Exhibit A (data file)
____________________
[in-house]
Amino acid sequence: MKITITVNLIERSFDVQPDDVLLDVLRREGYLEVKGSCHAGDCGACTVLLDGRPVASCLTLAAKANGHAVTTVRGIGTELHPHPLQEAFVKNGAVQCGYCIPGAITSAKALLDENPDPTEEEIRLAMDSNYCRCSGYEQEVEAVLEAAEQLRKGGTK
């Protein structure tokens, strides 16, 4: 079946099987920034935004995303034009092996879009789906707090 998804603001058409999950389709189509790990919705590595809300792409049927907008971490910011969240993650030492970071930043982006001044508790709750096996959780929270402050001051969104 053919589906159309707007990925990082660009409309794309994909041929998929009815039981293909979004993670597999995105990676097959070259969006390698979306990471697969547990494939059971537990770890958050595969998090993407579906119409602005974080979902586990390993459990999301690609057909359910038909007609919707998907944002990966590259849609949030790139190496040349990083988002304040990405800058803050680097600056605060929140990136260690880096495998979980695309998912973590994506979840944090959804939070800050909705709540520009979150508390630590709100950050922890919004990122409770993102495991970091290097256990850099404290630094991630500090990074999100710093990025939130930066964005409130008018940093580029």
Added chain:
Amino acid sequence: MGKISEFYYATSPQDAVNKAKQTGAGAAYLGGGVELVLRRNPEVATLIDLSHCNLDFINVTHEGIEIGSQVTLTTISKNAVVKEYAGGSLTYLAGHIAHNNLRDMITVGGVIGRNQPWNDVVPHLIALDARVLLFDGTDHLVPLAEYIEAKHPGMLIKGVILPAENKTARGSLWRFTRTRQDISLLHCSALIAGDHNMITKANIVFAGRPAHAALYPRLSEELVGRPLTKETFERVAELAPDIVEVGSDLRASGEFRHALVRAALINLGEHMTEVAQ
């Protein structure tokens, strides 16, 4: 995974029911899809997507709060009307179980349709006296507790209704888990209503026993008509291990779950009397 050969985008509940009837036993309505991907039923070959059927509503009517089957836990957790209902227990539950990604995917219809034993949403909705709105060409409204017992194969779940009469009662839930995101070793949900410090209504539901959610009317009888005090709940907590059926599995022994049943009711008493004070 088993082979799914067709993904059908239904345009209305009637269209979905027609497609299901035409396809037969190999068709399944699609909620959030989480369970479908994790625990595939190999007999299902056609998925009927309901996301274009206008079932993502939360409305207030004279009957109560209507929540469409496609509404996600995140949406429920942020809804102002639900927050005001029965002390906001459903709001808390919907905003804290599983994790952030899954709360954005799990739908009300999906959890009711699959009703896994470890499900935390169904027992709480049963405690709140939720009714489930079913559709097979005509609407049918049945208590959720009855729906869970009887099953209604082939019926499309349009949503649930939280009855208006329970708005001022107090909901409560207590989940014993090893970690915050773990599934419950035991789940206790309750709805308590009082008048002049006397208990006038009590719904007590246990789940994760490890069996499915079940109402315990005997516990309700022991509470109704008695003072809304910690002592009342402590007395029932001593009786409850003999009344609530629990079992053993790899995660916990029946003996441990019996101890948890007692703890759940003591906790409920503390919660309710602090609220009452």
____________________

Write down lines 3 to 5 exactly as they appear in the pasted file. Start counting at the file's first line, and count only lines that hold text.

């Protein structure tokens, strides 16, 4: 079946099987920034935004995303034009092996879009789906707090 998804603001058409999950389709189509790990919705590595809300792409049927907008971490910011969240993650030492970071930043982006001044508790709750096996959780929270402050001051969104 053919589906159309707007990925990082660009409309794309994909041929998929009815039981293909979004993670597999995105990676097959070259969006390698979306990471697969547990494939059971537990770890958050595969998090993407579906119409602005974080979902586990390993459990999301690609057909359910038909007609919707998907944002990966590259849609949030790139190496040349990083988002304040990405800058803050680097600056605060929140990136260690880096495998979980695309998912973590994506979840944090959804939070800050909705709540520009979150508390630590709100950050922890919004990122409770993102495991970091290097256990850099404290630094991630500090990074999100710093990025939130930066964005409130008018940093580029």
Added chain:
Amino acid sequence: MGKISEFYYATSPQDAVNKAKQTGAGAAYLGGGVELVLRRNPEVATLIDLSHCNLDFINVTHEGIEIGSQVTLTTISKNAVVKEYAGGSLTYLAGHIAHNNLRDMITVGGVIGRNQPWNDVVPHLIALDARVLLFDGTDHLVPLAEYIEAKHPGMLIKGVILPAENKTARGSLWRFTRTRQDISLLHCSALIAGDHNMITKANIVFAGRPAHAALYPRLSEELVGRPLTKETFERVAELAPDIVEVGSDLRASGEFRHALVRAALINLGEHMTEVAQ